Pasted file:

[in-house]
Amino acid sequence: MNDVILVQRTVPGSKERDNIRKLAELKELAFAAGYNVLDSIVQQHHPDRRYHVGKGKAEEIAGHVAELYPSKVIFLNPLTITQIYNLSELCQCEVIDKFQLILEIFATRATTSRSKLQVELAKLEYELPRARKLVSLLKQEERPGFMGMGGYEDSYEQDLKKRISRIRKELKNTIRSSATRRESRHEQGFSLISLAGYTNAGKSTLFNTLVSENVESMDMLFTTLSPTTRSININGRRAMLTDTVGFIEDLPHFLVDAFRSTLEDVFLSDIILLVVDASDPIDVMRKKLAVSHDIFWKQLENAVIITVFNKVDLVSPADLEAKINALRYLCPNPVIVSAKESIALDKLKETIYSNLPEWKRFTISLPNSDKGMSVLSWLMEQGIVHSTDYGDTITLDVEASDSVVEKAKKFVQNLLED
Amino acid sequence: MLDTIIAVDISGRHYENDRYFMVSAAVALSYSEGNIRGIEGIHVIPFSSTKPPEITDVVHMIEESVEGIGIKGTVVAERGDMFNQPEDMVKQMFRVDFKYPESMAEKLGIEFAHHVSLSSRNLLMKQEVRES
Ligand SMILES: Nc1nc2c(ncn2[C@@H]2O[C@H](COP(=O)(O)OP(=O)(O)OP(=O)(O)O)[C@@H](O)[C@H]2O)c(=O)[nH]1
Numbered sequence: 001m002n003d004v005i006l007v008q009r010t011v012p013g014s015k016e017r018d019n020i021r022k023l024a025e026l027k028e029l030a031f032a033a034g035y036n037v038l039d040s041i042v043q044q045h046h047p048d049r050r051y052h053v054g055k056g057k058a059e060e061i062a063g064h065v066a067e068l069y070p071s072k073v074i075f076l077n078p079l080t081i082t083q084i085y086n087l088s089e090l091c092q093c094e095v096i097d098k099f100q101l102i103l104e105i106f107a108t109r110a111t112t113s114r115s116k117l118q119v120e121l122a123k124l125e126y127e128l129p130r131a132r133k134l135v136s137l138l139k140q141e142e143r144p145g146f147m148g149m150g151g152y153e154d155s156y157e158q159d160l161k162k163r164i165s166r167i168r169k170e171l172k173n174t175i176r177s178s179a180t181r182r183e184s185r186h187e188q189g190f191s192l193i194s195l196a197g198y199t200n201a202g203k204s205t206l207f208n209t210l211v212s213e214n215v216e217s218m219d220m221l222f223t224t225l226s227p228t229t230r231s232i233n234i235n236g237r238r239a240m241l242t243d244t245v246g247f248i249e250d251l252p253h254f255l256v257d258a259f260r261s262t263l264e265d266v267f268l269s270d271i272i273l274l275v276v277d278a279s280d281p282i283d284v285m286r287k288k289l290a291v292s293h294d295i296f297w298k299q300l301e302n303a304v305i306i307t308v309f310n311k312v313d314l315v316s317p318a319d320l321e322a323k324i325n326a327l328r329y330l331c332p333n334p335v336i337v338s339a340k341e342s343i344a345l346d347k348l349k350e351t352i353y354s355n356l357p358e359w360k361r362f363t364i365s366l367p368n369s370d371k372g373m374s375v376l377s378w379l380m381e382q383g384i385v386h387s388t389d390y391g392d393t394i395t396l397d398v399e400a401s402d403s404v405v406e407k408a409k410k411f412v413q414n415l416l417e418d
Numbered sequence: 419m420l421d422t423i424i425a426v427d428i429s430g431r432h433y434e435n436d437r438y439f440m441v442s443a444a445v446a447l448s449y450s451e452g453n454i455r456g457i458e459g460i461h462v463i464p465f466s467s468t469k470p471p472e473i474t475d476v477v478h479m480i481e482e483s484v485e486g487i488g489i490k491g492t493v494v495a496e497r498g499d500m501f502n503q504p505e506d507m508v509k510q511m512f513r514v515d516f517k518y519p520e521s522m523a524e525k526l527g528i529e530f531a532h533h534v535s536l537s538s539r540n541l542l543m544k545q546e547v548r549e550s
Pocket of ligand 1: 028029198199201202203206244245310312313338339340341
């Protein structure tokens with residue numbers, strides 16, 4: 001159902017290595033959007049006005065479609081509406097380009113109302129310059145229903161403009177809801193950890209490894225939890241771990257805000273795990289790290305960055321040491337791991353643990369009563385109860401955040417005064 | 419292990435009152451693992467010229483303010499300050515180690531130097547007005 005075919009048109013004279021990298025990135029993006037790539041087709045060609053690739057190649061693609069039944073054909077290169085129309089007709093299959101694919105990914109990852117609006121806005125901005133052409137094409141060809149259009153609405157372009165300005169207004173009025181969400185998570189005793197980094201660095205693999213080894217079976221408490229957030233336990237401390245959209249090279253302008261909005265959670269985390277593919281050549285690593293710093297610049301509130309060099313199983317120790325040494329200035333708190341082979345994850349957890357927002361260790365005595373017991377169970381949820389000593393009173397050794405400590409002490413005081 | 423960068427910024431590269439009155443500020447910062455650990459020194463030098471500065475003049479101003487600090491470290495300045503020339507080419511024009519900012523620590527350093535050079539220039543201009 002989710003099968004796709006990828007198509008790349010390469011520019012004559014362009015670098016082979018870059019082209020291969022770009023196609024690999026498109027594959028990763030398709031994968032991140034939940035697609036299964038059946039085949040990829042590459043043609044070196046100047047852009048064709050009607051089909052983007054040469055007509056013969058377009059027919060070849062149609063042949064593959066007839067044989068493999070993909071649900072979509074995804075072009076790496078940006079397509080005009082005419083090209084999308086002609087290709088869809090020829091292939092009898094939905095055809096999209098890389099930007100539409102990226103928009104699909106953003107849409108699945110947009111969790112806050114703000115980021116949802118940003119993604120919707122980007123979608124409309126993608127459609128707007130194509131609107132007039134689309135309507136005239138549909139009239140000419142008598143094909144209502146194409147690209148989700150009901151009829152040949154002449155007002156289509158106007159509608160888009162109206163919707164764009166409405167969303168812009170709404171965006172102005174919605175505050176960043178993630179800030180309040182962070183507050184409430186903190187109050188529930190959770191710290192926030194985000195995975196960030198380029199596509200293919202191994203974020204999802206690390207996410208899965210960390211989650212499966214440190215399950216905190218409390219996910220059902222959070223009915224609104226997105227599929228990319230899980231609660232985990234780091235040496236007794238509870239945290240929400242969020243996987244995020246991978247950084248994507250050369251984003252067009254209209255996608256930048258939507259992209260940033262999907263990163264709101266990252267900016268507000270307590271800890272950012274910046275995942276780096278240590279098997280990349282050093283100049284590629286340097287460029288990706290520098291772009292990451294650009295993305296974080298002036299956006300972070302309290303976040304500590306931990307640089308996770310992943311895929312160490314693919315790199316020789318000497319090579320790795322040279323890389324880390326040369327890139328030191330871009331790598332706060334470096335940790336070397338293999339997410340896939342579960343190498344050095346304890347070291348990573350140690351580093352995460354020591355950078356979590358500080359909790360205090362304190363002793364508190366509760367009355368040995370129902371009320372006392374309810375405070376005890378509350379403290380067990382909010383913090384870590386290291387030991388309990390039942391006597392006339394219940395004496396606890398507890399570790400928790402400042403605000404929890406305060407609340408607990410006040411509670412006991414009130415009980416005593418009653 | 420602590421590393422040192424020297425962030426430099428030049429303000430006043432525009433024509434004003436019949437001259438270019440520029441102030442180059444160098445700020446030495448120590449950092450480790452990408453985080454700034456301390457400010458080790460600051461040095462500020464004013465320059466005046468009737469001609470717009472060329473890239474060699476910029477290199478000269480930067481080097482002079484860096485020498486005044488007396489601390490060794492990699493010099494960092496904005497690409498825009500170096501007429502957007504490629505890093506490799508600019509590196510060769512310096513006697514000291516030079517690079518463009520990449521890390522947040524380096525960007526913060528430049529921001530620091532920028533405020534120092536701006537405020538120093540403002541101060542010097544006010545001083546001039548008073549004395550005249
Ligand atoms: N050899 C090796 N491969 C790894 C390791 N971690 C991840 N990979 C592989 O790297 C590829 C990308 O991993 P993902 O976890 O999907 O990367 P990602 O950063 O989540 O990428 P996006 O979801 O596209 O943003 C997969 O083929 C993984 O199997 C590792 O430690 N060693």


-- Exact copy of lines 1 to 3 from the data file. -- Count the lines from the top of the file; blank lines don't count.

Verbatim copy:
[in-house]
Amino acid sequence: MNDVILVQRTVPGSKERDNIRKLAELKELAFAAGYNVLDSIVQQHHPDRRYHVGKGKAEEIAGHVAELYPSKVIFLNPLTITQIYNLSELCQCEVIDKFQLILEIFATRATTSRSKLQVELAKLEYELPRARKLVSLLKQEERPGFMGMGGYEDSYEQDLKKRISRIRKELKNTIRSSATRRESRHEQGFSLISLAGYTNAGKSTLFNTLVSENVESMDMLFTTLSPTTRSININGRRAMLTDTVGFIEDLPHFLVDAFRSTLEDVFLSDIILLVVDASDPIDVMRKKLAVSHDIFWKQLENAVIITVFNKVDLVSPADLEAKINALRYLCPNPVIVSAKESIALDKLKETIYSNLPEWKRFTISLPNSDKGMSVLSWLMEQGIVHSTDYGDTITLDVEASDSVVEKAKKFVQNLLED
Amino acid sequence: MLDTIIAVDISGRHYENDRYFMVSAAVALSYSEGNIRGIEGIHVIPFSSTKPPEITDVVHMIEESVEGIGIKGTVVAERGDMFNQPEDMVKQMFRVDFKYPESMAEKLGIEFAHHVSLSSRNLLMKQEVRES